"It is important to control this process carefully as too many defects can deteriorate the electrical conductivity, which is the reason for the use of CNTs in the first place. Good conductivity helps in efficient charge transport and increases the power density of these devices," Bandaru added.
"At the very outset, it is interesting that CNTs, which are nominally considered perfect, could be useful with so many incorporated defects," he added.
The researchers think that the energy density and power density obtained through their work could be practically higher than existing capacitor configurations which suffer from problems associated with poor reliability, cost, and poor electrical characteristics.
Bandaru and Hoefer hope that their research could have major implications in the area of energy storage, a pertinent topic of today. "We hope that our research will spark future interest in utilizing CNTs as electrodes in charge storage devices with greater energy and power densities," Hoefer said.
While more research still needs to be done to figure out potential applications from this discovery, the engineers suggest that this research could lead to wide variety of commercial applications, and hope that more scientists and engineers will be compelled to work in this area, Bandaru said.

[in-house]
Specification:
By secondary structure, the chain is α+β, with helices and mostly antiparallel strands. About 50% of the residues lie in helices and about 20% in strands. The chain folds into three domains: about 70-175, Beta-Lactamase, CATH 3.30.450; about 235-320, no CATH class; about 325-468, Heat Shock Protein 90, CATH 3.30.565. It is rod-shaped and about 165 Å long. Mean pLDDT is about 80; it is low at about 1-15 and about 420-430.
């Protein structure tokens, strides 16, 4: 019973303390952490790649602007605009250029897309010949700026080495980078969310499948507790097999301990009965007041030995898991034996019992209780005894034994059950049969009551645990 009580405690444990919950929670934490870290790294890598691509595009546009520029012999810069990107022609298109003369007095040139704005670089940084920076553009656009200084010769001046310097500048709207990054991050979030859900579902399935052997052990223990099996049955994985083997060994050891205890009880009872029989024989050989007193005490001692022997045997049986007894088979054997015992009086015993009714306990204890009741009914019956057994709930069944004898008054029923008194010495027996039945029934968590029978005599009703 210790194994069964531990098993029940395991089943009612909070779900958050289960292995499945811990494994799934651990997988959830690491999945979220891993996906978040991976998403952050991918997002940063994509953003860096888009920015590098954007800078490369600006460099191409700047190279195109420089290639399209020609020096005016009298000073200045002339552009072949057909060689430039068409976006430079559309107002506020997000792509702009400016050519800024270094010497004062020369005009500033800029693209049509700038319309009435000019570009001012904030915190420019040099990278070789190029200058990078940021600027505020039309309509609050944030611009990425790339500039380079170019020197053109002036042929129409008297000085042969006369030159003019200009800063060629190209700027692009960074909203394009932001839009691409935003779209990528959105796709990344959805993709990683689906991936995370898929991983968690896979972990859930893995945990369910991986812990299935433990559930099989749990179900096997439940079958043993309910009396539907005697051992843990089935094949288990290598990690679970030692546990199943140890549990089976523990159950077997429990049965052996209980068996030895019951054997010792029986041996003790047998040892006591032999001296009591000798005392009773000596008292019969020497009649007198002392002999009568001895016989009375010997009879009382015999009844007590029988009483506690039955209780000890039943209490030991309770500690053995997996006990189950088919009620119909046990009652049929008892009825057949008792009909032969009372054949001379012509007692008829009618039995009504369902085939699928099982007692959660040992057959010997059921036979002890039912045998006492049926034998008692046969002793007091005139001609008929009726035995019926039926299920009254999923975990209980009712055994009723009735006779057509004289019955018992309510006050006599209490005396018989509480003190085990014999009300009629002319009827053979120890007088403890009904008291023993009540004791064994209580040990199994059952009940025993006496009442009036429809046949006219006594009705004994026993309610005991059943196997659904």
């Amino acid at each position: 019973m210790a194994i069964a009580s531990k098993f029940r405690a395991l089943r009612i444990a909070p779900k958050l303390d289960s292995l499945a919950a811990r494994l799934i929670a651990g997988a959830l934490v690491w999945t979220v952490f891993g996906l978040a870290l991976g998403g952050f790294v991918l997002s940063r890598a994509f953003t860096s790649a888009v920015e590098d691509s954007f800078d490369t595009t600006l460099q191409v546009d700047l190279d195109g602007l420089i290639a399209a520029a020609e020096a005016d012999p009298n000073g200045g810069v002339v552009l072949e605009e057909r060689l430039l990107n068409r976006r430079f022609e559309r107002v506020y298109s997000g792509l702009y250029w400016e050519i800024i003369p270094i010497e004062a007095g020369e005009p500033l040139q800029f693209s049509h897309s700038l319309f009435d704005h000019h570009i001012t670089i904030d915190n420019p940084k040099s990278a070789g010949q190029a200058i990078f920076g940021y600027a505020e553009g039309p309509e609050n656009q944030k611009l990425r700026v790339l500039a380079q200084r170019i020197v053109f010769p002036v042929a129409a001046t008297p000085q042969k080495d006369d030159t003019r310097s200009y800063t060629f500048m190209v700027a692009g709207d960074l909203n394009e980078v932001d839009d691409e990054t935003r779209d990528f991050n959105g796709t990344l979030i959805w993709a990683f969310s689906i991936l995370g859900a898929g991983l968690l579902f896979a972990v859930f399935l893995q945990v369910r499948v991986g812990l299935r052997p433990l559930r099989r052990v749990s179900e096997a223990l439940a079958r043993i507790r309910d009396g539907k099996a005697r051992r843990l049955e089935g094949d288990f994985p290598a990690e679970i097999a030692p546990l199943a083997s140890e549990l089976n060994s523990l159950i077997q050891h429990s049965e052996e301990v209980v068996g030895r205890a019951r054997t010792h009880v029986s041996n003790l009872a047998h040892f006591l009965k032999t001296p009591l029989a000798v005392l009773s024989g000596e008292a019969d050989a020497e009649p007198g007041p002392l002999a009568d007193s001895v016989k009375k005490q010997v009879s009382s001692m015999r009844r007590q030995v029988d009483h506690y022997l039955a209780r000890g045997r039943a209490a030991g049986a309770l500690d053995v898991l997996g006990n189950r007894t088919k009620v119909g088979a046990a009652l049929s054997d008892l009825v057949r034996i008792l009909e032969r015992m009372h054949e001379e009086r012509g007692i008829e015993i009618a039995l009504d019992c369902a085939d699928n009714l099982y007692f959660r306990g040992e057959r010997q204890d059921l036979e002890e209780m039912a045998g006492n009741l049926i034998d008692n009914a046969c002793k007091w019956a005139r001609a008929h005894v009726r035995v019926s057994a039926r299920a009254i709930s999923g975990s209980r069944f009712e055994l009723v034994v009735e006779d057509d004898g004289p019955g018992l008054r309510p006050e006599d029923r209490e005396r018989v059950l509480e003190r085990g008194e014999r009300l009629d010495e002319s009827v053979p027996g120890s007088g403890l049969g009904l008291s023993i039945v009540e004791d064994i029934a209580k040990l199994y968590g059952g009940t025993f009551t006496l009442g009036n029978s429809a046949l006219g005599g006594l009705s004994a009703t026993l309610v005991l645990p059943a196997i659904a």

Meanwhile, Hoefer said this type of research will help fuel his future engineering career.
"It is remarkable how current tools and devices are becoming increasing more efficient and yet smaller due to discoveries made at the nanoscale," he said. "My time spent investigating CNTs and their potential uses at the Jacobs School will prepare me for my career, since future research will continue the trend of miniaturization while increasing efficiency."
|Contact: Andrea Siedsma|
University of California - San Diego